Levi Manning and Manning Cabin: Past and Present

The Manning Cabin sits in the Rincon Mountains in Saguaro National Park. The cabin belonged to Levi H. Manning, a successful businessman and one-term mayor of Tucson.

Manning had the cabin built in 1905 for use as a mountain summer home. The cabin was a retreat for his family from the heat of Tucson and a place where they could entertain friends. He was the first to build and own such a retreat in the Rincon Mountains.

History of Levi Manning and the Cabin

Levi Manning & family members In front of the cabin, circa 1906
Levi Manning & family members In front of the cabin, circa 1906

NPS (SAGU) Photo

Levi Manning was born in North Carolina, attended college in Mississippi, and moved to Tucson in 1884. He held a number of jobs in Tucson (e.g., reporter, U.S. Surveyor General for Arizona Territory), and by 1900 he established the L.H. Manning and Company commission brokerage house. By 1910, he had expanded his activities into the ranching business.

In 1904, Manning filed for a 160-acre homestead in the Rincon Mountains. He had an 11-mile wagon road built to access the site of the proposed cabin. In 1905, Manning hired men to build the cabin, using pack horses and wagons to transport materials to the site. Trees for the cabin came from the immediate vicinity. The log structure contained a living room with a fireplace, a kitchen, two bedrooms, and two small bunk rooms. The cabin also housed a piano, brought up from the Rincon Valley via the wagon road.

The Manning family used the cabin as a summer home from mid-summer 1905 to mid-1907. In 1907, the area became part of the Coronado National Forest. For several subsequent years, Manning leased the land from the Forest Service but did not use the cabin again. For the next 13-14 years, the cabin was visited only rarely by a forest ranger or other passer-by.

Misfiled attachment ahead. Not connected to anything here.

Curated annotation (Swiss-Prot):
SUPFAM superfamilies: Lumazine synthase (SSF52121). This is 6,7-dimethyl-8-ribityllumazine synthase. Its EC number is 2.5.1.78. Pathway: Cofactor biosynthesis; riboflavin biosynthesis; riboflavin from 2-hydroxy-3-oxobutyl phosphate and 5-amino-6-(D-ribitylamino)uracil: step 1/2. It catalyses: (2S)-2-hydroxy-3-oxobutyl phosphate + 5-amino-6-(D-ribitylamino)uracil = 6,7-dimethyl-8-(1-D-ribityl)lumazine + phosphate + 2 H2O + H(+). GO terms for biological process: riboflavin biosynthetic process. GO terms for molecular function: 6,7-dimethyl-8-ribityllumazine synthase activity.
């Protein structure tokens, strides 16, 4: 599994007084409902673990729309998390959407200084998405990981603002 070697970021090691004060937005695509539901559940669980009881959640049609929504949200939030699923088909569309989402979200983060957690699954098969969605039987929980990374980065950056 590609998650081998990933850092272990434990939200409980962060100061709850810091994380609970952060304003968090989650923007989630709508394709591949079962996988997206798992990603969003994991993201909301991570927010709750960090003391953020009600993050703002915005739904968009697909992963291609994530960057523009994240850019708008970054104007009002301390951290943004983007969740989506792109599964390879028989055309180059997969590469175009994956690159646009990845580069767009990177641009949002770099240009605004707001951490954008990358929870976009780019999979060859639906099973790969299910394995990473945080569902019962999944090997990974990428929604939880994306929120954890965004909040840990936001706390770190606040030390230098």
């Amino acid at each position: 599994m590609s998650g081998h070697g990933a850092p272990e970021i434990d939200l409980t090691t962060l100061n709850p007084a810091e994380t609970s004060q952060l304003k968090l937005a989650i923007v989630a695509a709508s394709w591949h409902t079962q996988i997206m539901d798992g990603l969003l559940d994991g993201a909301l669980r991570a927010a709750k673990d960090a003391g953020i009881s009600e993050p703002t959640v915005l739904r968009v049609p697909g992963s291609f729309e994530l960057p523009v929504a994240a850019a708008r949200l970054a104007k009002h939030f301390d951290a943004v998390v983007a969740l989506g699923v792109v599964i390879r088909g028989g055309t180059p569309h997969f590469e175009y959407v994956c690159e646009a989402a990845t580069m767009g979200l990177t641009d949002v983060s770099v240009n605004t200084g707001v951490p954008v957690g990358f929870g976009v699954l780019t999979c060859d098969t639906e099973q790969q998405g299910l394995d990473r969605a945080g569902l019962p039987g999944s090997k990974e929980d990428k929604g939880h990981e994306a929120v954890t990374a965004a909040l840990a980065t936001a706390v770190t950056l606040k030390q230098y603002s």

Forest Service employees (probably), circa 1909-1910
Forest Service employees (probably), circa 1909-1910

NPS (SAGU) Photo

In 1922, the U.S. Forest Service repaired and reconditioned the Manning Cabin for use in housing a fire watch and trail crew. During this time period, the central part of the cabin was removed due to decay. This essentially resulted in the cabin’s conversion into two separate structures. The National Park Service (NPS) acquired Saguaro National Monument (later becoming Saguaro National Park) in 1940, and for some years NPS fire personnel stayed in the structures during fire seasons. The structures, however, continued to decay. Repair on the two structures began again in 1943, and the central portion was reconstructed as a walkway. Repairs and improvements continued to be made over the years. There was a break in use of the cabin from 1958 to 1977.

The historical importance of the cabin was formally recognized in 1975, when it was added to the National Register of Historic Places

The Manning Cabin Today

The Manning Cabin today
The Manning Cabin today

In more recent years, the cabin has been used by biological researchers and backcountry rangers. It still maintains the same general layout and character as in Levi Manning’s day. Located in the northeastern area of the eastern unit of Saguaro National Park, within the Saguaro Wilderness Area, visitors to the park may reach the cabin via a backcountry hiking trail.

References

Clemensen, A.B. 1987. Cattle, copper, and cactus: the History of Saguaro National Monument, Arizona. Historic Resource Study, Saguaro National Monument, NPS, Denver Service Center.

 

Prepared by Patty Valentine-Darby, 2009.

Last updated: March 9, 2016